Credit makes sense for some types of purchases more than others.

For example, when online shopping, a credit card offers convenience, security and consumer protections that are not present with debit cards. Using a credit card for a big-ticket item, such as consumer electronics, can also help you break the cost down into more manageable, incremental payments (although you will pay interest, too). For smaller in-store purchases, like wrapping paper or stocking stuffers, cash may be a better option.

One tip that financial planners recommend is to choose just one card for your

continued from page 6

holiday credit purchases and remove all others from your wallet. Use it for both in-person and online buying. Opt for the card with the lowest interest rate on purchases or the one that gives you the best reward points for using the card. Using just one card allows you to better track your spending and limits the risk of identity theft or fraud if your wallet is lost or stolen while you are shopping.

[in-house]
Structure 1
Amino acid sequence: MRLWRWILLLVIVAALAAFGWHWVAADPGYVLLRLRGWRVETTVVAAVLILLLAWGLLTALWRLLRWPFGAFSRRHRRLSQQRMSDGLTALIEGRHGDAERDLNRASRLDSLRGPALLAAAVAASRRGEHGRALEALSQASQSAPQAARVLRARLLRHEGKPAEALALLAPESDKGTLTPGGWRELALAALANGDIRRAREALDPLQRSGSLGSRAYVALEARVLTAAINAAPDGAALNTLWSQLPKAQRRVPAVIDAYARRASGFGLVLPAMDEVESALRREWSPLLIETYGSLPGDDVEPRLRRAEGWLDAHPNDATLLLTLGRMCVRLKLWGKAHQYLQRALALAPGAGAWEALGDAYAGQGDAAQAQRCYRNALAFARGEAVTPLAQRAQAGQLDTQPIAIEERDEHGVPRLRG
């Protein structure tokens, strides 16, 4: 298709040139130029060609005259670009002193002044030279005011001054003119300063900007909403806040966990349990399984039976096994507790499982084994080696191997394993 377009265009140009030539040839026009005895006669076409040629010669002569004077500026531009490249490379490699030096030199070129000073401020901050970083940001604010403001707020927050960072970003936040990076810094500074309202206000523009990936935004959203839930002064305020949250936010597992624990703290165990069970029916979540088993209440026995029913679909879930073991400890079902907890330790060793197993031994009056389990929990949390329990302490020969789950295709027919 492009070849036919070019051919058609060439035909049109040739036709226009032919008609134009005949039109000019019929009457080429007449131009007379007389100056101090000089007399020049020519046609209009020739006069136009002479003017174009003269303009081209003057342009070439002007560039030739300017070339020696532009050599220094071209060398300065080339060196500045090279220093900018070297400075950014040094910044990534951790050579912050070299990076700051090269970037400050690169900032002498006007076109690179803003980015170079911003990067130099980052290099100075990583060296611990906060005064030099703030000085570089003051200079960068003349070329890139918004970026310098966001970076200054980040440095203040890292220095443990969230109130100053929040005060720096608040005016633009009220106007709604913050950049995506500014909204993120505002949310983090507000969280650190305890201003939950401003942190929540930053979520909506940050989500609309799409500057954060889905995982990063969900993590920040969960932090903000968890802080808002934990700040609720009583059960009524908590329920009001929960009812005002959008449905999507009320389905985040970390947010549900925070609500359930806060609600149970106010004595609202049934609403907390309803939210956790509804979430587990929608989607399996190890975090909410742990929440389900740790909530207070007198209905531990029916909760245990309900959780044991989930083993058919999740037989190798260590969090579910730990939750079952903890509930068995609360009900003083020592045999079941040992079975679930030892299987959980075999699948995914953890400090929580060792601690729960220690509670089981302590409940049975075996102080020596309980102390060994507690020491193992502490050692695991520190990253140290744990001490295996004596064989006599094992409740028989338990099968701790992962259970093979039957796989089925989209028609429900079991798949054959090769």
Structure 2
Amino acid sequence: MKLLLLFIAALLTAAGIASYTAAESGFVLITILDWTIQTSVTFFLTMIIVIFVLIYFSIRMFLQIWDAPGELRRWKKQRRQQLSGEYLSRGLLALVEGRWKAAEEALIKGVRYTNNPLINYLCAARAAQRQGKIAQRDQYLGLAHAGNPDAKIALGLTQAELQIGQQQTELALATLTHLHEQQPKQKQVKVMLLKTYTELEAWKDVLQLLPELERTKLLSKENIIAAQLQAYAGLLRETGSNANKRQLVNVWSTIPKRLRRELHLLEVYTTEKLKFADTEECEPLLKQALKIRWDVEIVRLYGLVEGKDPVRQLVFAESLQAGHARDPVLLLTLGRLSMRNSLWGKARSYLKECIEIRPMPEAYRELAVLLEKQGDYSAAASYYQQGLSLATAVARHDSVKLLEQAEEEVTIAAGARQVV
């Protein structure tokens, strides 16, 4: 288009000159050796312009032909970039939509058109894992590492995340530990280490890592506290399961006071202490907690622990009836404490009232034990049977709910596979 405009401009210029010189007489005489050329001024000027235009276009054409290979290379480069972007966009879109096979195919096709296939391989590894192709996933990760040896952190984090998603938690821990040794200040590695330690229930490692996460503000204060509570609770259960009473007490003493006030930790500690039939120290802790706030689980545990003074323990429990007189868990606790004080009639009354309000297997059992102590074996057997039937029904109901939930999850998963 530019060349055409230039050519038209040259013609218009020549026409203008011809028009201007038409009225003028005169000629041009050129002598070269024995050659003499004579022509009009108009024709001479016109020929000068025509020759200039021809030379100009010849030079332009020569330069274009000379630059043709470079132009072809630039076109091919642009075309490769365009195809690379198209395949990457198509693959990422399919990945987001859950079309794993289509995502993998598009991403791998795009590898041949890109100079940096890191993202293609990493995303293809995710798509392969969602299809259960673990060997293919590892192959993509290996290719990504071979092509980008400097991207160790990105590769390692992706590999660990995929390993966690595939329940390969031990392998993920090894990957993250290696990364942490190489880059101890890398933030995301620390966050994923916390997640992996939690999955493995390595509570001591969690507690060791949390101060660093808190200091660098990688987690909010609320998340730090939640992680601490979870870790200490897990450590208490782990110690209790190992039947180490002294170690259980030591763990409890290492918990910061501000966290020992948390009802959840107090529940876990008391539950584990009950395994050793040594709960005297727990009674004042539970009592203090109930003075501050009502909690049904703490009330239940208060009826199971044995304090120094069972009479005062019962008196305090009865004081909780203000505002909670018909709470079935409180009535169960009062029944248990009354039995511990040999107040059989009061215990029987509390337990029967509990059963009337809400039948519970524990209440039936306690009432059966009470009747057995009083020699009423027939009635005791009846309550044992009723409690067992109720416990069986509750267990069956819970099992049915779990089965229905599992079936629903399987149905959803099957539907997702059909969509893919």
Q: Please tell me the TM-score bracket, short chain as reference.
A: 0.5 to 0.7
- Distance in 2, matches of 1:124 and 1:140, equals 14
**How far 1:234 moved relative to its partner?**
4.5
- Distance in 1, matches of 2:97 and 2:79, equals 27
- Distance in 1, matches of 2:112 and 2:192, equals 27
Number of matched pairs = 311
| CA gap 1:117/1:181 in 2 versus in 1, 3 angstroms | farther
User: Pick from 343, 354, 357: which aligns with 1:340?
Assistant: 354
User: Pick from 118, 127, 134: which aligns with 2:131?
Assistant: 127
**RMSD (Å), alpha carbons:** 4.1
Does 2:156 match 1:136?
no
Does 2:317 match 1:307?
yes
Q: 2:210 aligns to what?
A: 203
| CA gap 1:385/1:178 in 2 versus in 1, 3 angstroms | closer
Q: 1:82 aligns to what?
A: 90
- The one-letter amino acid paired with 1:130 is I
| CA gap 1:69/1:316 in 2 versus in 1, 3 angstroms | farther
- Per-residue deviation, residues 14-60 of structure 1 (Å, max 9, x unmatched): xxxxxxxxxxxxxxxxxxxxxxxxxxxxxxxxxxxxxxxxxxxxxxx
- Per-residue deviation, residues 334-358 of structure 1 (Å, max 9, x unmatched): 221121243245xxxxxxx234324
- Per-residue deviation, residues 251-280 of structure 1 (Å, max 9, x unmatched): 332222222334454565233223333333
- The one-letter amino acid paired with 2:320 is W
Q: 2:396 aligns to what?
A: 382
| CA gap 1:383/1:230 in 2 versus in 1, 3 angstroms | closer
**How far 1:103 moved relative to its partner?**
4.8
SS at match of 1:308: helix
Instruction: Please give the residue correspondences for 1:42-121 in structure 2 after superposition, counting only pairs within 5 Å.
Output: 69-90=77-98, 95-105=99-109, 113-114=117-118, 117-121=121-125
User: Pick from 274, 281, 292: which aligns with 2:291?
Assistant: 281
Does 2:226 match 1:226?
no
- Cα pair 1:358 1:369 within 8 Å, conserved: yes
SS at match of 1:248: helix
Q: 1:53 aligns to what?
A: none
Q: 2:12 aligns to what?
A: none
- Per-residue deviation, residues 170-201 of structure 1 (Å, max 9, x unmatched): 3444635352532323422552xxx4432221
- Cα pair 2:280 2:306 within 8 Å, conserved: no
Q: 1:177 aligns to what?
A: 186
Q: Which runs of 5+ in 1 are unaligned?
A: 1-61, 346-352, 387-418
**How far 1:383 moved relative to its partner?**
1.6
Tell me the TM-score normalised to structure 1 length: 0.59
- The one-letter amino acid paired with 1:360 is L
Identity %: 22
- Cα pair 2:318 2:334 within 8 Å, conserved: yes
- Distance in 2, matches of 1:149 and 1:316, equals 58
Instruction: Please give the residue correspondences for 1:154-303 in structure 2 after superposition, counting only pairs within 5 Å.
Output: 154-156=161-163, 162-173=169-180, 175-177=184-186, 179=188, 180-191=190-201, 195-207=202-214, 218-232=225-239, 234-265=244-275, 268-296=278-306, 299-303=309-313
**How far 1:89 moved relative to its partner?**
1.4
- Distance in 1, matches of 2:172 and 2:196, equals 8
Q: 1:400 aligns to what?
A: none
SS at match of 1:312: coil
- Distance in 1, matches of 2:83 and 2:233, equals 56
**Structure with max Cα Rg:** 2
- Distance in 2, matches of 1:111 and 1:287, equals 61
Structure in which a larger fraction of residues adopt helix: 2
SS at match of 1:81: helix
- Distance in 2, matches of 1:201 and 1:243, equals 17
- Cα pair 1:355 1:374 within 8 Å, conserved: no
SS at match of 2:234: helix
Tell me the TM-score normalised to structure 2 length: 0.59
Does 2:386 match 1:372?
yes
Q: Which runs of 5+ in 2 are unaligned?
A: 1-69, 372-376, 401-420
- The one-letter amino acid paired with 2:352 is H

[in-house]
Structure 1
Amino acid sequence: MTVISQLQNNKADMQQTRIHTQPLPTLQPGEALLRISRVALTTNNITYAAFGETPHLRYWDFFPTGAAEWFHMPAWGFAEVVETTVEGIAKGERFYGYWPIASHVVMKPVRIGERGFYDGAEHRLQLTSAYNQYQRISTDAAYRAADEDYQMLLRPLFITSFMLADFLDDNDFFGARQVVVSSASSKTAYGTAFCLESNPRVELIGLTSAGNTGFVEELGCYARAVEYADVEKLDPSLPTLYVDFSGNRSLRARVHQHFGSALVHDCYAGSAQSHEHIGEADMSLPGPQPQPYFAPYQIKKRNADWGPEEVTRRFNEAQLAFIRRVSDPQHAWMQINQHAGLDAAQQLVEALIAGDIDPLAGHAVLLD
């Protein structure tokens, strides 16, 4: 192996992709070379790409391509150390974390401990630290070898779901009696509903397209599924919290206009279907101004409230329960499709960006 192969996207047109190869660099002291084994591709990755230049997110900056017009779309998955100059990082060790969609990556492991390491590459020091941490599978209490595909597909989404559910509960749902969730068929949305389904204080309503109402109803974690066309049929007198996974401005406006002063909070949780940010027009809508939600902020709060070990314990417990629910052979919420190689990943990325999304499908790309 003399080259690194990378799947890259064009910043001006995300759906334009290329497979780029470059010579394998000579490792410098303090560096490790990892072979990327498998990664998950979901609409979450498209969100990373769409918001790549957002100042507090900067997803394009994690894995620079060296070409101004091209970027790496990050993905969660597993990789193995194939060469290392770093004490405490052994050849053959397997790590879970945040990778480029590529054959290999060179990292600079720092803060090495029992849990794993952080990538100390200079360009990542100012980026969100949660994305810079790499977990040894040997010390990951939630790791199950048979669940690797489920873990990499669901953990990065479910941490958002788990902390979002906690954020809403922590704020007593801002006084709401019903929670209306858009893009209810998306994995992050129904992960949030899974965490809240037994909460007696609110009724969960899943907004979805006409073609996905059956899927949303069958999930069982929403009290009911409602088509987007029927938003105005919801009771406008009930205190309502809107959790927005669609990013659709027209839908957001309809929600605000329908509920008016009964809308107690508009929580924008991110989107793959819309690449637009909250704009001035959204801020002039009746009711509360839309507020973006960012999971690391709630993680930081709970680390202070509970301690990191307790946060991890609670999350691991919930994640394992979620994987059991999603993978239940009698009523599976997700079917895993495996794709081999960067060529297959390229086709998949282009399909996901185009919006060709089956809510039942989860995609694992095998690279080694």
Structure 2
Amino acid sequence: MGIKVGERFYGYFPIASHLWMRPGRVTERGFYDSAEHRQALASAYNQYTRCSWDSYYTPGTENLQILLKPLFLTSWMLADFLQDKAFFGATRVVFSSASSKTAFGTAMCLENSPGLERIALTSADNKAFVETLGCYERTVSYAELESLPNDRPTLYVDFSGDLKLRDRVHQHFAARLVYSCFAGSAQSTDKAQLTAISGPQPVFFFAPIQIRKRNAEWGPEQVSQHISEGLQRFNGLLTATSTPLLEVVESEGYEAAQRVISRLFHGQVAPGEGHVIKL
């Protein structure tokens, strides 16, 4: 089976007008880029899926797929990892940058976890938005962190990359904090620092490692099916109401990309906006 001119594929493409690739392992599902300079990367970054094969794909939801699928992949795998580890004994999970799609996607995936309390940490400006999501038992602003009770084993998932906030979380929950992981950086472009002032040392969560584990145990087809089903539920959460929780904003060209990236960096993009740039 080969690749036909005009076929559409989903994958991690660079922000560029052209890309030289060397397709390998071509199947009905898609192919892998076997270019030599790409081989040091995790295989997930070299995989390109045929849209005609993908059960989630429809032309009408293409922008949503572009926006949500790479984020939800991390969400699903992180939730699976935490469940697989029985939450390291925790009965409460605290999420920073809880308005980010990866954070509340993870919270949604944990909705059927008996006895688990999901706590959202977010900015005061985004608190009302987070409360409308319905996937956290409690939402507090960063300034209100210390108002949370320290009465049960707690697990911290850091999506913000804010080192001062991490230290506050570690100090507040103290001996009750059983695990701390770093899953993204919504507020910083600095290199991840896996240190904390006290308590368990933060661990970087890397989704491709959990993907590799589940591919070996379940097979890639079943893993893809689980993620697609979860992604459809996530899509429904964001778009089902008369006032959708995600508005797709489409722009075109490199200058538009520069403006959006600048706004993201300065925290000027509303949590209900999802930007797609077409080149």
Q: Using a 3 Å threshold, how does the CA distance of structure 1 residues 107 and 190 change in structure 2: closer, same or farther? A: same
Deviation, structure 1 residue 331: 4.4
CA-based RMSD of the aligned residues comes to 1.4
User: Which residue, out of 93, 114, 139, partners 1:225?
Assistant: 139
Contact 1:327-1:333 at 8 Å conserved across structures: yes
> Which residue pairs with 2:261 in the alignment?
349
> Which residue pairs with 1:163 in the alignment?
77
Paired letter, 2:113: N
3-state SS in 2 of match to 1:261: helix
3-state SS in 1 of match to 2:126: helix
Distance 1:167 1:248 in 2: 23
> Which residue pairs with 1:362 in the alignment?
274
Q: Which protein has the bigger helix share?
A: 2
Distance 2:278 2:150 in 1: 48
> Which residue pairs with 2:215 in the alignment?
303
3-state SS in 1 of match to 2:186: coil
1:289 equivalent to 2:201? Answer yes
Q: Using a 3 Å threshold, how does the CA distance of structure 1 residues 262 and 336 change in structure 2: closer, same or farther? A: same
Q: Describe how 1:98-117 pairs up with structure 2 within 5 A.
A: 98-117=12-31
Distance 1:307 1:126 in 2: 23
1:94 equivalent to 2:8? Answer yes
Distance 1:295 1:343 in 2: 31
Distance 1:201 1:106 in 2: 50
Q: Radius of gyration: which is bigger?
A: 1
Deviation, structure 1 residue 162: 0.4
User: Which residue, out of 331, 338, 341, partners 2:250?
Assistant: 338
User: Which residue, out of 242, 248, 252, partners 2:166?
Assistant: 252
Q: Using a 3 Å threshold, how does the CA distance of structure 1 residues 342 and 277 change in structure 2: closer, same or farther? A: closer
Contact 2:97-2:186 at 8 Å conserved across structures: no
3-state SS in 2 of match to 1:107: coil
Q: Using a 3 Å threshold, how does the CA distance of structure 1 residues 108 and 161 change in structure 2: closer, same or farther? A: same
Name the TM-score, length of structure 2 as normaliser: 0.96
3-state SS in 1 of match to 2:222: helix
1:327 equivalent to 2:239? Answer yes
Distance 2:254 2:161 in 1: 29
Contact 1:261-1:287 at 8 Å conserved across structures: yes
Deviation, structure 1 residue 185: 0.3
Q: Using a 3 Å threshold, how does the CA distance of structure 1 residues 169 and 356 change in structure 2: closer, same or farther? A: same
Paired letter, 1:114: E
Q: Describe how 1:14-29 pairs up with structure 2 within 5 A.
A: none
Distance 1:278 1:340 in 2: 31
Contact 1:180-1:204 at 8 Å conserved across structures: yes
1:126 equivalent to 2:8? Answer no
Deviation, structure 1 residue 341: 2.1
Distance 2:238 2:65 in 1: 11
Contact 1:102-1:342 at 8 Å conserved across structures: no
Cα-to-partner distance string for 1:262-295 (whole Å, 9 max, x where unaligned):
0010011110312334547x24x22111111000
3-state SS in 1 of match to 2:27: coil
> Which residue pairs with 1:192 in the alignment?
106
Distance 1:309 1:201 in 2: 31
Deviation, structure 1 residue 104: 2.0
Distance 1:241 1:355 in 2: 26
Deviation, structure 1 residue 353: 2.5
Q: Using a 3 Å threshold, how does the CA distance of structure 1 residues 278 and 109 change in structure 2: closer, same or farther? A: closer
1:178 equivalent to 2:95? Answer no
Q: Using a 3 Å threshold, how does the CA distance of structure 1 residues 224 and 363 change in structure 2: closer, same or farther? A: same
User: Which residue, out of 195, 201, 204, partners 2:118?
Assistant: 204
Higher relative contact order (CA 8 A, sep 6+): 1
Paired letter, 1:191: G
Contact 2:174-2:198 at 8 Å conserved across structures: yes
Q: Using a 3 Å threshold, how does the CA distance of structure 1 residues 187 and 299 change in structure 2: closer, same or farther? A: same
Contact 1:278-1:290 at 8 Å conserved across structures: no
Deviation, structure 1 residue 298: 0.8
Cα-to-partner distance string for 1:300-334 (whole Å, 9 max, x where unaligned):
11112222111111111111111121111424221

Avoid the temptation of using store cards or opening new accounts in exchange for a temporary discount. During the holidays, this type of incentive abounds, but store cards often charge higher interest rates.